Formed in 1943, the American Veterans Committee was meant to serve as a more liberal alternative to other veteran’s organizations such as the American Legion. Chapters were formed across the country and the organization sought to undertake political and social issues such as civil rights and civil liberties.
A local chapter of the organization was formed on the Indiana University Bloomington campus and was largely comprised of male students who were attending college on the G.I. Bill. History Professor C. Leonard Lundin served as the group’s faculty sponsor during the chapter’s short existence in Bloomington. In oral history interviews conducted in 1972, 1985, and 1994 Professor Lundin comments that the organization was “supposed to be a sort of liberal version of the American Legion, and it was for a while and then petered out…it didn’t last very long here.” (1985) He also told interviewers that while the organization existed on campus, he was very actively involved. “I think it’s strongest hold almost everywhere [was] among the veteran students at universities. This campus was no exception. It took a decided interest in community affairs.”(1972) “They had been roused by the war,” Lundin notes. “Then of course came the McCarthy years” (1985).
National membership in the AVC dropped dramatically during the late forties and early fifties as worries about communism swept the nation. Members of the American Communist Party had originally been opposed to their members joining the AVC because they felt the organization was too “ivy-league” but later reversed their position. As the AVC gained communists members, the Second Red Scare, or McCarthyism, was taking hold in America. In order to avoid scandal, the AVC dismissed its communist members. However, their membership significantly decreased and remained low for the rest of its existence. The organization formally disbanded in 2008 when the last two chapters folded.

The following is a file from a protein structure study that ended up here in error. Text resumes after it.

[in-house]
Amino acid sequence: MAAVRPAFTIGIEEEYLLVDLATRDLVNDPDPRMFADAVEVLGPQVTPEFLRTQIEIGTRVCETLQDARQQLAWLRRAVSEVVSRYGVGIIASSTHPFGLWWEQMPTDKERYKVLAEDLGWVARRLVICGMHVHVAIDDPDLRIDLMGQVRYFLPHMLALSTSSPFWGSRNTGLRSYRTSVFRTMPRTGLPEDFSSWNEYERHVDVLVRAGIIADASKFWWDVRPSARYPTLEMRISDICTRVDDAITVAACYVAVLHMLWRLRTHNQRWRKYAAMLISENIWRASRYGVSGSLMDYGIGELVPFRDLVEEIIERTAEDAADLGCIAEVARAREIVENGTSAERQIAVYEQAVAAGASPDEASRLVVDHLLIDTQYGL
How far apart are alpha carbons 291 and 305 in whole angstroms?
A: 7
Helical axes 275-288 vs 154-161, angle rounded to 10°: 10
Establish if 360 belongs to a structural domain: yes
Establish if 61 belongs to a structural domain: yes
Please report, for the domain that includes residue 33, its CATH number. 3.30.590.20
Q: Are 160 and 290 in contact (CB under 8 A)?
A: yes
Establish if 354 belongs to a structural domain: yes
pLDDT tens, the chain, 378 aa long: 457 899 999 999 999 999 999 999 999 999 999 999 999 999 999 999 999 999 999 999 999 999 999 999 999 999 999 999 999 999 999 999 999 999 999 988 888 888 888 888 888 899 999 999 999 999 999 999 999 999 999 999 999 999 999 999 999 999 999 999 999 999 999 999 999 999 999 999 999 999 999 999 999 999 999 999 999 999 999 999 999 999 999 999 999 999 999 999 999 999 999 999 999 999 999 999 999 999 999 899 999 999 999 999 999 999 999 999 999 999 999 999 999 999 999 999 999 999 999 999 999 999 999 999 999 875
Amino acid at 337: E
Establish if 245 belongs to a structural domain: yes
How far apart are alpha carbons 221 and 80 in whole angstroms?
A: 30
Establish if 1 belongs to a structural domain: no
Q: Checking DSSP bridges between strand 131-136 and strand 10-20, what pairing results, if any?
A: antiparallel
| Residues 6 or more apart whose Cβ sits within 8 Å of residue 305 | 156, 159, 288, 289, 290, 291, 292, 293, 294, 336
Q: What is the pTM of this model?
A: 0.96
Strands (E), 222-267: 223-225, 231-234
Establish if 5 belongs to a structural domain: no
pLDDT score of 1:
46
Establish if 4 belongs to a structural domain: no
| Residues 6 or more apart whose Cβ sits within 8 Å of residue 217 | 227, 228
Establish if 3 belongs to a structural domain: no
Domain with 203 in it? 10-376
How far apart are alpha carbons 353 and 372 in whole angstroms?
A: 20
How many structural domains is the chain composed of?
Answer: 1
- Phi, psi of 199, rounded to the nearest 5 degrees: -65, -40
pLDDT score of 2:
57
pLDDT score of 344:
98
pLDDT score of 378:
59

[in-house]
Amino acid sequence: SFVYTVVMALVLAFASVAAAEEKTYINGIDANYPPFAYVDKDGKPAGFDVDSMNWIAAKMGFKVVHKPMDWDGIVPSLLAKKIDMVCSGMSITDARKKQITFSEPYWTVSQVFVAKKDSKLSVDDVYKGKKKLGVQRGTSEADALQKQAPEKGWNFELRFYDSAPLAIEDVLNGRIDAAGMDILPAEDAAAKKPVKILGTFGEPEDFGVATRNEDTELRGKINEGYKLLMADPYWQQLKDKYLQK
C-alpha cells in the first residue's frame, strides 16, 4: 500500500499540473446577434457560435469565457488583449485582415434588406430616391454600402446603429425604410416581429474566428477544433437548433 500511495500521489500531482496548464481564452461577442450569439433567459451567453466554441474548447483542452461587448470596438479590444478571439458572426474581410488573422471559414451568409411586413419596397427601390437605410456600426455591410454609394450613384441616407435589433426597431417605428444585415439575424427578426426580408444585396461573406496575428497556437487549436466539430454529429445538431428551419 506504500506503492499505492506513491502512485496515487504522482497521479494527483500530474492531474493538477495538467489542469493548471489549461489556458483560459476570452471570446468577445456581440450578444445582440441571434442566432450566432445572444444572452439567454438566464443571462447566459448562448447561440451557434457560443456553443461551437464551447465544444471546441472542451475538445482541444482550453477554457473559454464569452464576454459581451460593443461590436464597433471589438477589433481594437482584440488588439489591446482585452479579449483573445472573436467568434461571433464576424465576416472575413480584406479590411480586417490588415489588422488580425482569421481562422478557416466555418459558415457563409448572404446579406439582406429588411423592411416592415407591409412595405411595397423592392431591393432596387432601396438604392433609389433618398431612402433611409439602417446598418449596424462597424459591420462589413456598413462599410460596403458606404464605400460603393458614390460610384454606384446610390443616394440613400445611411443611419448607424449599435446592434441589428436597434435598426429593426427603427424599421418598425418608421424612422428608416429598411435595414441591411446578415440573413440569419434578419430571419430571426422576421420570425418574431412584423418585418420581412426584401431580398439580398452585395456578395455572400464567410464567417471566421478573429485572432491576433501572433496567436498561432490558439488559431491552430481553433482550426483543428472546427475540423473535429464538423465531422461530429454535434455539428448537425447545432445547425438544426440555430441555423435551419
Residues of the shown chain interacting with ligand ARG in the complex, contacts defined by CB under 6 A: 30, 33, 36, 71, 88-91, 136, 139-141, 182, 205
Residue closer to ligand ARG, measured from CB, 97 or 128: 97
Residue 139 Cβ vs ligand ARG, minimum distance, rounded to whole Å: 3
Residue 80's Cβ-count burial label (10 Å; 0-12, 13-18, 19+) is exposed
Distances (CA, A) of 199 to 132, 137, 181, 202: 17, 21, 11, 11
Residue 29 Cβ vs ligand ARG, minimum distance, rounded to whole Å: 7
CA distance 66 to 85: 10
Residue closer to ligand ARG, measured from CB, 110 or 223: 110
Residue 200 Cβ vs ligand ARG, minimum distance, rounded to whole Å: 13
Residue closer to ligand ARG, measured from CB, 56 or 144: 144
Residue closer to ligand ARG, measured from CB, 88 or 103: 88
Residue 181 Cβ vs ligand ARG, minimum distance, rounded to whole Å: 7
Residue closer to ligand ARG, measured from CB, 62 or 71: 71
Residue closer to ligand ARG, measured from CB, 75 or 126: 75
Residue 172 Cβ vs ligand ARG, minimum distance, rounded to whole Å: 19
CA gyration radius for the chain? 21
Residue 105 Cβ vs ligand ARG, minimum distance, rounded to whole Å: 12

Despite its short tenure, the Bloomington chapter of the AVC actively worked to better the Indiana University campus and larger community through efforts towards desegregation on campus and the larger Bloomington community, as well as better housing and payment for veterans.
The Archives holds a scrapbook of the local chapter, which has been fully digitized. Take a look and let us know if you have any further questions!